This entry first describes screening and assessment for CUD and then discusses classification and criteria for a diagnosis. The remainder of the entry focuses on treatment programs for CUD.
Screening and Assessment Screening and assessment for a CUD includes clinical interviews, interviews with family members, a physical examination and laboratory tests, medical record review, and/or pen- and-paper screening instruments completed by the individual. To determine whether a more extensive assessment is needed to gather more details of cocaine use and its consequences, additional screening tools, such as the Drug Abuse Screening Test and the National Institute on Drug Abuse’s (NIDA) modified ASSIST (Alcohol, Smoking and Substance Involvement Screening Test), may be used.
Classification and Criteria for Diagnosis
DSM-5 Classification of Stimulant-Related Disorders The DSM-5 includes these five categories of stimulant-related disorders: (1) stimulant use disorder, (2) stimulant intoxication, (3) stimulant withdrawal, (4) other stimulant-induced disorders, and (5) unspecified stimulant-related disorder. The essential feature of a disorder involving cocaine is a cluster of cognitive, behavioral, and physiological symptoms from among 11 symptoms (enumerated in the next subsection), which indicate (a) impaired control of cocaine use (Criteria 1–4), (b) social impairment resulting from cocaine use (Criteria 5–7), (c) risky use of cocaine (Criteria 8–9), or (d) physiological dependence (addiction) on cocaine (Criteria 10–11).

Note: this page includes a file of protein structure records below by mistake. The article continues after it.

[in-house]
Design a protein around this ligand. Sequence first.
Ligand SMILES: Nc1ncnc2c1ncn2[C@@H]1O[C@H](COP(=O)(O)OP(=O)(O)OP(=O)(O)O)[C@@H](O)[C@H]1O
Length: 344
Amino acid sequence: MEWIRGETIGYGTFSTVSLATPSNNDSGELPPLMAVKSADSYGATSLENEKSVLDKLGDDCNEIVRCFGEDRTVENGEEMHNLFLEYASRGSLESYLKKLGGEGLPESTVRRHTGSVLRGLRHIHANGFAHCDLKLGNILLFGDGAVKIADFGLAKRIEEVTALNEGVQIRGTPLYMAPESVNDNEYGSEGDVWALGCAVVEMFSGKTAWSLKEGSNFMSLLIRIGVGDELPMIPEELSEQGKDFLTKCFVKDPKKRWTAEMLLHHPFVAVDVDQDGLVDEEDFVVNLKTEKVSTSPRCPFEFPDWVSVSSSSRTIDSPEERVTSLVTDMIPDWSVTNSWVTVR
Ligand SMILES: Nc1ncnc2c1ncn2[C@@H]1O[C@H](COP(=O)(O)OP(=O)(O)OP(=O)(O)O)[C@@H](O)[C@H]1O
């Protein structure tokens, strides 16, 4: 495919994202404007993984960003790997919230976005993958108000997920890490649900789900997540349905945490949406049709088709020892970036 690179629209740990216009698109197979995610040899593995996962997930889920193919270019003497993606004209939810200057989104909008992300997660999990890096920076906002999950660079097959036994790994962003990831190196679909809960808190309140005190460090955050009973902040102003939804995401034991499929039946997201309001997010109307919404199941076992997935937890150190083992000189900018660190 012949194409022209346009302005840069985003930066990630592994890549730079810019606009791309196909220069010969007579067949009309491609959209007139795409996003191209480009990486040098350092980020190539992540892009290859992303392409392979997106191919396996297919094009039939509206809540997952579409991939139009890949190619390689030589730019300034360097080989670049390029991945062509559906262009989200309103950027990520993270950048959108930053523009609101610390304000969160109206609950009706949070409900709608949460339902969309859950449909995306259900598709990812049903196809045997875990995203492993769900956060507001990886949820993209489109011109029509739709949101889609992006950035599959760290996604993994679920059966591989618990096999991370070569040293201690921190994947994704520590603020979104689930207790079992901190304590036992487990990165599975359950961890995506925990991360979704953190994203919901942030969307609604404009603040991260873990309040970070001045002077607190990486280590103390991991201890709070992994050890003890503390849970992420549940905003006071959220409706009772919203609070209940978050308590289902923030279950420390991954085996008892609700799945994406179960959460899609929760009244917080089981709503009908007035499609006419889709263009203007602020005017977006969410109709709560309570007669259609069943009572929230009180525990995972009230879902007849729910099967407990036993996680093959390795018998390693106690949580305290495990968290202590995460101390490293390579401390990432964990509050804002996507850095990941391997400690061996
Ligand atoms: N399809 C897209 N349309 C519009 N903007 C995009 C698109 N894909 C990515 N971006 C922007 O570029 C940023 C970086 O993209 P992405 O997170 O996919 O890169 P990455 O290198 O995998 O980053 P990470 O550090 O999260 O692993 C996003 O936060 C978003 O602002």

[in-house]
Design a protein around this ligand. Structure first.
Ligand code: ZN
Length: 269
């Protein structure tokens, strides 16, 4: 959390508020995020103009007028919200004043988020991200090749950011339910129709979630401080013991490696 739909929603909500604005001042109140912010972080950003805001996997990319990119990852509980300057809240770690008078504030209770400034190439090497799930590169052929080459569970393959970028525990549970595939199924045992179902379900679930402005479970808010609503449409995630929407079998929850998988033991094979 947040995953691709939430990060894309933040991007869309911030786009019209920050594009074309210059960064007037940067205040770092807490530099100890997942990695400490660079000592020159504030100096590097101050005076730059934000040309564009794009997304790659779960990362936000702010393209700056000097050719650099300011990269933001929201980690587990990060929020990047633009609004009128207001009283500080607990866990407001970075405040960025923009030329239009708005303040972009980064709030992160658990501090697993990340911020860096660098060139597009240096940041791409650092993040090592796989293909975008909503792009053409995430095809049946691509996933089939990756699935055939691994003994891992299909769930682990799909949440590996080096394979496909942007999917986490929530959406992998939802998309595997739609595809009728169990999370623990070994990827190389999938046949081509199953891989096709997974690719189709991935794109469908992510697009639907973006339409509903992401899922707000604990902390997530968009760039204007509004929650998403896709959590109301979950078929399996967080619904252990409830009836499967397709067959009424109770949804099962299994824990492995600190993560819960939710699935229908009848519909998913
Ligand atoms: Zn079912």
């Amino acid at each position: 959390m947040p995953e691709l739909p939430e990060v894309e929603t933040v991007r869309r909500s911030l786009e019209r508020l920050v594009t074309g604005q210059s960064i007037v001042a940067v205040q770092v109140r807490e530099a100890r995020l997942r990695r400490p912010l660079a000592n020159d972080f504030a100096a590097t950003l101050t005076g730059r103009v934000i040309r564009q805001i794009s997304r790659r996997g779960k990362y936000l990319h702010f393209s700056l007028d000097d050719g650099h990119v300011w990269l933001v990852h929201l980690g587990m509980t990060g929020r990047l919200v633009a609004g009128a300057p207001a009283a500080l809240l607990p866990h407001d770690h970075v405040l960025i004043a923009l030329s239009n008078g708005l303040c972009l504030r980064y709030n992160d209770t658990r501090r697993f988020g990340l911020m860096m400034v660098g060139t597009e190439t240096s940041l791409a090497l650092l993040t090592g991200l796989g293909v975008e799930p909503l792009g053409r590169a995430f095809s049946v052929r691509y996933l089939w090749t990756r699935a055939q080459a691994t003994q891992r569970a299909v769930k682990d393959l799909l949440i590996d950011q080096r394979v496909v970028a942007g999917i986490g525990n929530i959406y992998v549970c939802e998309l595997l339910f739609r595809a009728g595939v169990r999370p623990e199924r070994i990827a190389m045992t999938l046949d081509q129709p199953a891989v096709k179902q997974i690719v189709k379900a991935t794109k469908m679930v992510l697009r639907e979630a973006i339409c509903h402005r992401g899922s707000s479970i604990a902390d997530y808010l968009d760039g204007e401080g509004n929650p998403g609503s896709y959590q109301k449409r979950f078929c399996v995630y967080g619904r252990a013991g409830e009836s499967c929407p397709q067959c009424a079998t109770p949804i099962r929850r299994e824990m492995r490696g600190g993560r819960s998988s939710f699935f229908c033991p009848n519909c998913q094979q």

Symptom Criteria for CUD Cocaine use is a disorder if an individual shows a problematic pattern of cocaine use leading to clinically significant personal impairment or distress. This pattern of cocaine use will show in at least 2 of the following 11 symptoms within a 12-month period, which indicate impaired control, social impairment, risky use, and physiological dependence. The severity of a CUD can vary from mild (two to three symptoms) to moderate (four to five symptoms) to severe (six or more symptoms).
The user cannot control how much cocaine is ingested and may use more of the drug or for a longer period of time than intended.
The cocaine user wants to cut down or stop but is unable to do this.
Too much of the user’s time is spent on getting or using cocaine or dealing with the aftermath of getting high.
The cocaine user feels strong cravings for the drug even during periods of abstinence.
Cocaine use leads to not taking care of responsibilities with the user’s family or other areas of life such as work.
Cocaine is still used even though it causes or worsens problems in relationships or the user’s ability to function.
Cocaine use becomes the central focus of life to the point where the user stops social or recreational activities that once were important.